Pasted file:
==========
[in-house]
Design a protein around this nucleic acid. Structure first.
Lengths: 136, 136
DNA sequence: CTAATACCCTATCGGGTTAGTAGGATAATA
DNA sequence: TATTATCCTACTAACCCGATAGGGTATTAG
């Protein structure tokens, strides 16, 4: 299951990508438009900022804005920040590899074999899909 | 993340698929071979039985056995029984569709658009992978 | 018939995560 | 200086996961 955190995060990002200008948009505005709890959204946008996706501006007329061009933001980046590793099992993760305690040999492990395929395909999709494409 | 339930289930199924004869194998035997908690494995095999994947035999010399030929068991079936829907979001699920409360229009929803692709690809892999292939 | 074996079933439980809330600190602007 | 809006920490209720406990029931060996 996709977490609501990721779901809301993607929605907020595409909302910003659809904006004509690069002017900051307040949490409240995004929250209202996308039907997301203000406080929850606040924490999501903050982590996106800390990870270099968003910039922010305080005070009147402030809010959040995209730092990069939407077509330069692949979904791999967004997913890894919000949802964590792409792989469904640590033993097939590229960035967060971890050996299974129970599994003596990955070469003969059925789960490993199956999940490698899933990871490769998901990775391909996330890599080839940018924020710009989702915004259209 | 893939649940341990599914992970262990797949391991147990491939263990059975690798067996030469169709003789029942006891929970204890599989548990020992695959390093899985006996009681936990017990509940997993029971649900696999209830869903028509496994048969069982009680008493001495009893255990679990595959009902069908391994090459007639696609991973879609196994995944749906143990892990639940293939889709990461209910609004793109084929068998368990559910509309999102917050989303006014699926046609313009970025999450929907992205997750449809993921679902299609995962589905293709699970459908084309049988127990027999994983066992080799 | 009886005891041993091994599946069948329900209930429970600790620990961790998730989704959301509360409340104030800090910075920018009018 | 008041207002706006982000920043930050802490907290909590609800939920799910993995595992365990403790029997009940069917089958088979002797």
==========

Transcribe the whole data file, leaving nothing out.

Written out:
[in-house]
Design a protein around this nucleic acid. Structure first.
Lengths: 136, 136
DNA sequence: CTAATACCCTATCGGGTTAGTAGGATAATA
DNA sequence: TATTATCCTACTAACCCGATAGGGTATTAG
């Protein structure tokens, strides 16, 4: 299951990508438009900022804005920040590899074999899909 | 993340698929071979039985056995029984569709658009992978 | 018939995560 | 200086996961 955190995060990002200008948009505005709890959204946008996706501006007329061009933001980046590793099992993760305690040999492990395929395909999709494409 | 339930289930199924004869194998035997908690494995095999994947035999010399030929068991079936829907979001699920409360229009929803692709690809892999292939 | 074996079933439980809330600190602007 | 809006920490209720406990029931060996 996709977490609501990721779901809301993607929605907020595409909302910003659809904006004509690069002017900051307040949490409240995004929250209202996308039907997301203000406080929850606040924490999501903050982590996106800390990870270099968003910039922010305080005070009147402030809010959040995209730092990069939407077509330069692949979904791999967004997913890894919000949802964590792409792989469904640590033993097939590229960035967060971890050996299974129970599994003596990955070469003969059925789960490993199956999940490698899933990871490769998901990775391909996330890599080839940018924020710009989702915004259209 | 893939649940341990599914992970262990797949391991147990491939263990059975690798067996030469169709003789029942006891929970204890599989548990020992695959390093899985006996009681936990017990509940997993029971649900696999209830869903028509496994048969069982009680008493001495009893255990679990595959009902069908391994090459007639696609991973879609196994995944749906143990892990639940293939889709990461209910609004793109084929068998368990559910509309999102917050989303006014699926046609313009970025999450929907992205997750449809993921679902299609995962589905293709699970459908084309049988127990027999994983066992080799 | 009886005891041993091994599946069948329900209930429970600790620990961790998730989704959301509360409340104030800090910075920018009018 | 008041207002706006982000920043930050802490907290909590609800939920799910993995595992365990403790029997009940069917089958088979002797």